1. The overwhelming amount of competitors will exclude you.

Millions rely on job boards and find it difficult to stand out. Many don’t ever get a callback or hear from the employer. Even qualified candidates are frequently overlooked. But people do find jobs through networking. When you are in a perpetual job-search mode, you won’t need to rely on a job board. If you’re engaged with your network, they can alert you to unposted jobs because they know and like you know the value of your work. A few may be current and past coworkers, and fewer may include current and past supervisors.  

2. Frequent technology change industries too fast.

Professionals who stay on top of technology changes within their industry are staying on top of their own careers. Some companies stay committed to cutting edge of technology, but many don’t. Staying active in professional organizations is one way to stay apprised of industry changes.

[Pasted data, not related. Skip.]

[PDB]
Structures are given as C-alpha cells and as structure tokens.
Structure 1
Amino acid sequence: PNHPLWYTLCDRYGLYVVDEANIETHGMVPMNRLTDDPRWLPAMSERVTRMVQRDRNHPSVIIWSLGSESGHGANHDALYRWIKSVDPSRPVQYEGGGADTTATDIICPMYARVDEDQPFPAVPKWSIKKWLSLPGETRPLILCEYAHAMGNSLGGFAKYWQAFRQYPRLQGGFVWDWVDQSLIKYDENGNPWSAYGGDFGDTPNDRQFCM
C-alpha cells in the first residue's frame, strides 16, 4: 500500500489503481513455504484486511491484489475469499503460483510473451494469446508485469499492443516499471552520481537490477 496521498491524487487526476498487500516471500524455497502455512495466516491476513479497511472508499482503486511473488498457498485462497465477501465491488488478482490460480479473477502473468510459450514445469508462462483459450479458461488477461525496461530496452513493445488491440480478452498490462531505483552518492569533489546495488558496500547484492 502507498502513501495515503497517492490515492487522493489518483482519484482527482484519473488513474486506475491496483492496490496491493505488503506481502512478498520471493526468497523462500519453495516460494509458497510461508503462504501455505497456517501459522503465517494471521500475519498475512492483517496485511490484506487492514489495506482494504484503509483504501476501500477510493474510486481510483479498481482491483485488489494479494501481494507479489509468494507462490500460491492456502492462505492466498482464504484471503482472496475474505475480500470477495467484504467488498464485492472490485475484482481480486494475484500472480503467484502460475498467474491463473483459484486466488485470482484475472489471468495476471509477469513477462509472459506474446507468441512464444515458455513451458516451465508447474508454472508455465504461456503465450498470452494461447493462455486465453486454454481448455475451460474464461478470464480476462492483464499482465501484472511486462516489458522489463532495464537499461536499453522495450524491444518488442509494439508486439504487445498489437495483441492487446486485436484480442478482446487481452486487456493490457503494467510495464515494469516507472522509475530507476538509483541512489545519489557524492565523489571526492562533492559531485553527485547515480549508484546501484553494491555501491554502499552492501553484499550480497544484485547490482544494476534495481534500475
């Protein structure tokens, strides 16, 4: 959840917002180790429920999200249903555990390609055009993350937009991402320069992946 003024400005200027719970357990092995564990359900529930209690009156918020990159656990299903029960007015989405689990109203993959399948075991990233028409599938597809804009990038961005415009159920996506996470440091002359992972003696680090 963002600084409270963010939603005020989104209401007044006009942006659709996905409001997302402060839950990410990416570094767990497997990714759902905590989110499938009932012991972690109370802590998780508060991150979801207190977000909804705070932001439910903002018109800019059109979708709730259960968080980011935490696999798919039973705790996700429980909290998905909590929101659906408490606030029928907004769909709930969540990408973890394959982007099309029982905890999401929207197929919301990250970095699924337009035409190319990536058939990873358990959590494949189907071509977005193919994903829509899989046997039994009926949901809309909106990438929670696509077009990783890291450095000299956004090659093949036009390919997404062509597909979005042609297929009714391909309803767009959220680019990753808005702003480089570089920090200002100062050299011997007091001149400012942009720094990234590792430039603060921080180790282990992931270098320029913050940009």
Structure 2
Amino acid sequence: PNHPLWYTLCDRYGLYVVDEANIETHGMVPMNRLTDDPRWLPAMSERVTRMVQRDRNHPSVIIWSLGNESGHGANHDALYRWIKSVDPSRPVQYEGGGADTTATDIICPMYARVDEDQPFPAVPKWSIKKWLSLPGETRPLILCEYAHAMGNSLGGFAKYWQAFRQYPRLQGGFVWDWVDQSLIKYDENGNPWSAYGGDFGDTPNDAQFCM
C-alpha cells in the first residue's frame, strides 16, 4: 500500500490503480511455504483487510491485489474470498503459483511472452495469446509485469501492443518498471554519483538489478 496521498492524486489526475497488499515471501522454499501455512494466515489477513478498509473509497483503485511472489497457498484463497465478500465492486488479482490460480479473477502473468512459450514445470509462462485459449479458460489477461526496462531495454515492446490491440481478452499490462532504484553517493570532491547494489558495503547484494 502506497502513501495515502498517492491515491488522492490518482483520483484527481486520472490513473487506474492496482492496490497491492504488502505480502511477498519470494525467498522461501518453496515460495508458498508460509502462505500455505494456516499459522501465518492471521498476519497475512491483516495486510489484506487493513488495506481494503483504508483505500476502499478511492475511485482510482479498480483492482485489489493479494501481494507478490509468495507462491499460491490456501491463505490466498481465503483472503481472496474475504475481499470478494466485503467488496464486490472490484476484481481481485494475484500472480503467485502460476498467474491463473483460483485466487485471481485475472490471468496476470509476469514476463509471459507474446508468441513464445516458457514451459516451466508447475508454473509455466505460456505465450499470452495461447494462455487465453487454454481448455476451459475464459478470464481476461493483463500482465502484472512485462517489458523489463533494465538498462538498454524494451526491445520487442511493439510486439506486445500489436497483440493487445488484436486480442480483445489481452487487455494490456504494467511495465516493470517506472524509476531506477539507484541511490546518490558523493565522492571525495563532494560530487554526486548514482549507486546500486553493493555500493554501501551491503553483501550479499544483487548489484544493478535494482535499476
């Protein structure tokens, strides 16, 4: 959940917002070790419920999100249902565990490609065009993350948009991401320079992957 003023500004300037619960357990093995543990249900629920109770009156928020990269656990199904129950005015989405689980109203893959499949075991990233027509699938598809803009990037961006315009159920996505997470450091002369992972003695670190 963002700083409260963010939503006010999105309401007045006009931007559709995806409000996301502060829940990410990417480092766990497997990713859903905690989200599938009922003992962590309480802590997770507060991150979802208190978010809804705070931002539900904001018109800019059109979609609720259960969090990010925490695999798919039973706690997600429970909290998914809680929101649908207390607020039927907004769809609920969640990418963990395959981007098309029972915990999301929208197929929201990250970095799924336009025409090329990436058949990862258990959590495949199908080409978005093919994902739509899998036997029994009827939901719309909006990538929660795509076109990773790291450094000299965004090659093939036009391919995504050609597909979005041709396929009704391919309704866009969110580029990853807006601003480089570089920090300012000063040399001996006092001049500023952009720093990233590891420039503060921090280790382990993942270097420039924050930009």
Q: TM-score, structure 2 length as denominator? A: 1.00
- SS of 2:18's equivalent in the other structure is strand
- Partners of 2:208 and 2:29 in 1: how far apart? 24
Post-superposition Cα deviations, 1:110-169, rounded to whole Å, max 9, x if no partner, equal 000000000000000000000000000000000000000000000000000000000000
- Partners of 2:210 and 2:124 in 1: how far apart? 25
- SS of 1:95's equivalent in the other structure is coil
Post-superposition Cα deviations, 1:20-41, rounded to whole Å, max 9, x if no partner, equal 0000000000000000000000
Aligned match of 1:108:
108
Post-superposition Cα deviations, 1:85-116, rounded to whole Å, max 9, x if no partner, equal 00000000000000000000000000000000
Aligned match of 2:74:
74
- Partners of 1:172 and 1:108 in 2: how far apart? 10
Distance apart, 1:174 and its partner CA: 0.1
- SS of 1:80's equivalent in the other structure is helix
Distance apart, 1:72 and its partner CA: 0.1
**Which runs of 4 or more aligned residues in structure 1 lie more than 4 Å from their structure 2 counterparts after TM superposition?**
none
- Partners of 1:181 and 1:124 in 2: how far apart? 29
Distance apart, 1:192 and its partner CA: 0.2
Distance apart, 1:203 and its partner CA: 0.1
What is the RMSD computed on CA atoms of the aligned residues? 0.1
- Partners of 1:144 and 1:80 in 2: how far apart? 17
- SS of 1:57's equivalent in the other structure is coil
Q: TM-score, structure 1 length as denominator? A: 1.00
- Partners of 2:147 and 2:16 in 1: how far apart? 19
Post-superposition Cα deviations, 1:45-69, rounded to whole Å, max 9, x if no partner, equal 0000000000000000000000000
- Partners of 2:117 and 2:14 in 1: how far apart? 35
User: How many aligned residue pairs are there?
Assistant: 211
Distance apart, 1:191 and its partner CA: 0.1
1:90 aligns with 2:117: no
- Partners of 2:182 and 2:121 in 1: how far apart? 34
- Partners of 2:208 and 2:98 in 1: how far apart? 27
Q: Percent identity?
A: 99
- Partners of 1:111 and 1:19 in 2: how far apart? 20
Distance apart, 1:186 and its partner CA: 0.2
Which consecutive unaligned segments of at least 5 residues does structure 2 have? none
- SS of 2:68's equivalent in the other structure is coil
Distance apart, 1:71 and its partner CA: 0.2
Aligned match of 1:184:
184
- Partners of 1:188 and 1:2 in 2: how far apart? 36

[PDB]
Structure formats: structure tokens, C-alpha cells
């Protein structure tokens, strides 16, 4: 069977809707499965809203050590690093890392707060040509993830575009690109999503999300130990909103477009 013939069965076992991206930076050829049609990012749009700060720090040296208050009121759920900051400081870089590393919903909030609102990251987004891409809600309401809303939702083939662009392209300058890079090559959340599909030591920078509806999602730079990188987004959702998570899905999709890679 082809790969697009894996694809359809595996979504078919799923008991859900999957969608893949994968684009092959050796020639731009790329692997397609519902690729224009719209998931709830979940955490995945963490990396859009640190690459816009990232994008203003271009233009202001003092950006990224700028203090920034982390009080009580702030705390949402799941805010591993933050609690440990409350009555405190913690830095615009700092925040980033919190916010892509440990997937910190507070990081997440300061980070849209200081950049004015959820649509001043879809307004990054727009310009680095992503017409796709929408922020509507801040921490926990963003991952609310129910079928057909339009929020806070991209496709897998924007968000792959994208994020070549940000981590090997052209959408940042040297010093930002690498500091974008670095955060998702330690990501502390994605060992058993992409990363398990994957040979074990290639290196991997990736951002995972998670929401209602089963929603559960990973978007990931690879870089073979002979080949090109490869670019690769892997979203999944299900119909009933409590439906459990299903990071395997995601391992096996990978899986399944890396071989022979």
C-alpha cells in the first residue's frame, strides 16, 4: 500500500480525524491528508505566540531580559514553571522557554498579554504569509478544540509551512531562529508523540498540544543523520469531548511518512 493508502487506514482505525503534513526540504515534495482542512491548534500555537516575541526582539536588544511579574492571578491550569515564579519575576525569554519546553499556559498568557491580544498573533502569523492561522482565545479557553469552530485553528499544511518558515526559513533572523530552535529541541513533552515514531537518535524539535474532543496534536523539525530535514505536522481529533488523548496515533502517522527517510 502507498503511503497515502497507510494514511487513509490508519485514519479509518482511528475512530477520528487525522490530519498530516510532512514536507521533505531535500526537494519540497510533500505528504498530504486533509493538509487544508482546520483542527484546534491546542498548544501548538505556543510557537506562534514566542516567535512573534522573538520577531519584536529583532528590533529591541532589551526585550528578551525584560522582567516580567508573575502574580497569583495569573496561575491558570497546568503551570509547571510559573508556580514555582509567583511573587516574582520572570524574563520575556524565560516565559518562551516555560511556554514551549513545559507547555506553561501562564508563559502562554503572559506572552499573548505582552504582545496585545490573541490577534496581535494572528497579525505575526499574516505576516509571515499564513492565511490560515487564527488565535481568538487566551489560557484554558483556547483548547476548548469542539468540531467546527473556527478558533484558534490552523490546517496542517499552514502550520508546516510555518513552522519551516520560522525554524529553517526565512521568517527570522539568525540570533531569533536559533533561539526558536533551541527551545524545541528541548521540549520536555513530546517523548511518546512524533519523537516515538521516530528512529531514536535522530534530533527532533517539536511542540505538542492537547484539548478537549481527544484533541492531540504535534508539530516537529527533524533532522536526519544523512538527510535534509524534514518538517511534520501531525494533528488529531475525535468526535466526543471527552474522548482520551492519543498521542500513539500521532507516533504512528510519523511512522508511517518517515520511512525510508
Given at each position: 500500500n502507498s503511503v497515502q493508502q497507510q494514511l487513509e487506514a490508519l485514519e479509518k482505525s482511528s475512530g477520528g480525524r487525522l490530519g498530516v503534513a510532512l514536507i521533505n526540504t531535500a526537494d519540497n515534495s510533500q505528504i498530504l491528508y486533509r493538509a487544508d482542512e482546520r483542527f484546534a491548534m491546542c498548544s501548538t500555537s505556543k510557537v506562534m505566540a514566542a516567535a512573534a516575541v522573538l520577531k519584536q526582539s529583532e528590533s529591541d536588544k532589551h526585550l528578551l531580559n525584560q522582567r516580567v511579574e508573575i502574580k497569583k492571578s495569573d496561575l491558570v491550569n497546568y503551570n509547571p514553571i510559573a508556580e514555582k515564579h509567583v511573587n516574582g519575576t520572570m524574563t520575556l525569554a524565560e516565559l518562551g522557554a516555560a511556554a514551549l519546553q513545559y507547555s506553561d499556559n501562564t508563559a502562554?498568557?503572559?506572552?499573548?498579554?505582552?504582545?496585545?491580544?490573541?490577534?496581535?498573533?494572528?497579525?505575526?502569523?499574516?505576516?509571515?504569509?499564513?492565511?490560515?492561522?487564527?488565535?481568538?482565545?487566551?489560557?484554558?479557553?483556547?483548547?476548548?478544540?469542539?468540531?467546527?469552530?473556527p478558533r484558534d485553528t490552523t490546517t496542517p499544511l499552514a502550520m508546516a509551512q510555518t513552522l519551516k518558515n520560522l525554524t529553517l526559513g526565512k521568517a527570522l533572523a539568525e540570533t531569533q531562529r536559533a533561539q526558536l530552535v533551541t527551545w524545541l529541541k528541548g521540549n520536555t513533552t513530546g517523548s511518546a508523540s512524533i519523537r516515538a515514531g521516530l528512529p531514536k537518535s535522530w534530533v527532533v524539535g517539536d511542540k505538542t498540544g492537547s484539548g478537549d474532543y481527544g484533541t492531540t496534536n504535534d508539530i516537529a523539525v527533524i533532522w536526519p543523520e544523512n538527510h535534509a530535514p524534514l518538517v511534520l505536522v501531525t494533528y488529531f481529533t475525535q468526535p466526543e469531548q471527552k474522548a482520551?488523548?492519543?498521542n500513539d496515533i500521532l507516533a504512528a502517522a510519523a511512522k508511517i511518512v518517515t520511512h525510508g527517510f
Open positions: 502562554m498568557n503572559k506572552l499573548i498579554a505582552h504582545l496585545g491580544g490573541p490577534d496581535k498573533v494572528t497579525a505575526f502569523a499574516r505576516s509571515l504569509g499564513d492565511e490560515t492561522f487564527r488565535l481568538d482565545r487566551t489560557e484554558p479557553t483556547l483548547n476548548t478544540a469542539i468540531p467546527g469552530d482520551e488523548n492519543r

3. It’s harder to negotiate for the market rate when you’ve ignored it.

I see two mistakes professionals when negotiating their compensation: 1) they start their compensation research too late, waiting until they advance well into the interview process, and 2) they use one source to research compensation information. Unless you get a straight answer from the employer, or the company publicly posts the salary range, it becomes a game of poker. You have to guess what’s in the employer’s payroll hand. The best resource to leverage is to connect with someone who would share their salary information, but it’s not always easy to find an employee in the company who’s held your potential position and would also share such information. But it never hurts to ask, especially if you have a good relationship with the person.